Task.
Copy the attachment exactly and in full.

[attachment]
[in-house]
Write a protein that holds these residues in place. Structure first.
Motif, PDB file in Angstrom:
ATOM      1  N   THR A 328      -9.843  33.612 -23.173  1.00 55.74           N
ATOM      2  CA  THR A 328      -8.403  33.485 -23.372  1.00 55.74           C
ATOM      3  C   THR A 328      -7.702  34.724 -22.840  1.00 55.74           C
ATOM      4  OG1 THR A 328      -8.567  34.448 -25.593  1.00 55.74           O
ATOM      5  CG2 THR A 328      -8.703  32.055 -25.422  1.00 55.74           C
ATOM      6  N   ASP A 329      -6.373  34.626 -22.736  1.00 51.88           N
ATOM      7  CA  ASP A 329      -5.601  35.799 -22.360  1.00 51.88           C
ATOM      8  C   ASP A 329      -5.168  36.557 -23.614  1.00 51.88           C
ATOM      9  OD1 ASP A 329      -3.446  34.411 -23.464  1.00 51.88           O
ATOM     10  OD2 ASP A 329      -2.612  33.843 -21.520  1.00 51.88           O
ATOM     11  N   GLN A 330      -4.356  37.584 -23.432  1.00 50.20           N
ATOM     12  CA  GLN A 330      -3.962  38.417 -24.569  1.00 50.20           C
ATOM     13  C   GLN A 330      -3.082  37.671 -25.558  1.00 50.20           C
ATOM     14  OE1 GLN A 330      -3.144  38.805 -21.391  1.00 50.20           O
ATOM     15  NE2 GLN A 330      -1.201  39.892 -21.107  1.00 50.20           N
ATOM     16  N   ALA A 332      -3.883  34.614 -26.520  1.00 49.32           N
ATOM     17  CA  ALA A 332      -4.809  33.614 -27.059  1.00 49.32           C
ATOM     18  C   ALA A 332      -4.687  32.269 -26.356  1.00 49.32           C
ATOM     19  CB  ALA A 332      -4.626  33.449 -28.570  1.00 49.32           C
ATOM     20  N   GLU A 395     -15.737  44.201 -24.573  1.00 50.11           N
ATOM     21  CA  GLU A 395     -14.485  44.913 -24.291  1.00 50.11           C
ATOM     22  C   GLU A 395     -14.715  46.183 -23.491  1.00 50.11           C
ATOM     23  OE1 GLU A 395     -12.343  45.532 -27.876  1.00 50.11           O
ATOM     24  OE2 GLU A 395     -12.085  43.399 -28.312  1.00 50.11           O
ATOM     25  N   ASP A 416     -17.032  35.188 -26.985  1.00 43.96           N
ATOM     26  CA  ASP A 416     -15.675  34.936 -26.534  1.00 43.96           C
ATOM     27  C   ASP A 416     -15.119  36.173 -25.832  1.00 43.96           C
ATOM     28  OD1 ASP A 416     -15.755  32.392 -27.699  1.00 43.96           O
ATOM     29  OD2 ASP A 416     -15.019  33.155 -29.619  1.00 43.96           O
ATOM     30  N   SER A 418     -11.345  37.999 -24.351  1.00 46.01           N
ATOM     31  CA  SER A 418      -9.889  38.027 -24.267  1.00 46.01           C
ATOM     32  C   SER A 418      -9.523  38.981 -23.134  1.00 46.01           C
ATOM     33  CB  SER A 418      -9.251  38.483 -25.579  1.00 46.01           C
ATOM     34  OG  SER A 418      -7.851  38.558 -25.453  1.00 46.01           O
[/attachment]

[in-house]
Write a protein that holds these residues in place. Structure first.
Motif, PDB file in Angstrom:
ATOM      1  N   THR A 328      -9.843  33.612 -23.173  1.00 55.74           N
ATOM      2  CA  THR A 328      -8.403  33.485 -23.372  1.00 55.74           C
ATOM      3  C   THR A 328      -7.702  34.724 -22.840  1.00 55.74           C
ATOM      4  OG1 THR A 328      -8.567  34.448 -25.593  1.00 55.74           O
ATOM      5  CG2 THR A 328      -8.703  32.055 -25.422  1.00 55.74           C
ATOM      6  N   ASP A 329      -6.373  34.626 -22.736  1.00 51.88           N
ATOM      7  CA  ASP A 329      -5.601  35.799 -22.360  1.00 51.88           C
ATOM      8  C   ASP A 329      -5.168  36.557 -23.614  1.00 51.88           C
ATOM      9  OD1 ASP A 329      -3.446  34.411 -23.464  1.00 51.88           O
ATOM     10  OD2 ASP A 329      -2.612  33.843 -21.520  1.00 51.88           O
ATOM     11  N   GLN A 330      -4.356  37.584 -23.432  1.00 50.20           N
ATOM     12  CA  GLN A 330      -3.962  38.417 -24.569  1.00 50.20           C
ATOM     13  C   GLN A 330      -3.082  37.671 -25.558  1.00 50.20           C
ATOM     14  OE1 GLN A 330      -3.144  38.805 -21.391  1.00 50.20           O
ATOM     15  NE2 GLN A 330      -1.201  39.892 -21.107  1.00 50.20           N
ATOM     16  N   ALA A 332      -3.883  34.614 -26.520  1.00 49.32           N
ATOM     17  CA  ALA A 332      -4.809  33.614 -27.059  1.00 49.32           C
ATOM     18  C   ALA A 332      -4.687  32.269 -26.356  1.00 49.32           C
ATOM     19  CB  ALA A 332      -4.626  33.449 -28.570  1.00 49.32           C
ATOM     20  N   GLU A 395     -15.737  44.201 -24.573  1.00 50.11           N
ATOM     21  CA  GLU A 395     -14.485  44.913 -24.291  1.00 50.11           C
ATOM     22  C   GLU A 395     -14.715  46.183 -23.491  1.00 50.11           C
ATOM     23  OE1 GLU A 395     -12.343  45.532 -27.876  1.00 50.11           O
ATOM     24  OE2 GLU A 395     -12.085  43.399 -28.312  1.00 50.11           O
ATOM     25  N   ASP A 416     -17.032  35.188 -26.985  1.00 43.96           N
ATOM     26  CA  ASP A 416     -15.675  34.936 -26.534  1.00 43.96           C
ATOM     27  C   ASP A 416     -15.119  36.173 -25.832  1.00 43.96           C
ATOM     28  OD1 ASP A 416     -15.755  32.392 -27.699  1.00 43.96           O
ATOM     29  OD2 ASP A 416     -15.019  33.155 -29.619  1.00 43.96           O
ATOM     30  N   SER A 418     -11.345  37.999 -24.351  1.00 46.01           N
ATOM     31  CA  SER A 418      -9.889  38.027 -24.267  1.00 46.01           C
ATOM     32  C   SER A 418      -9.523  38.981 -23.134  1.00 46.01           C
ATOM     33  CB  SER A 418      -9.251  38.483 -25.579  1.00 46.01           C
ATOM     34  OG  SER A 418      -7.851  38.558 -25.453  1.00 46.01           O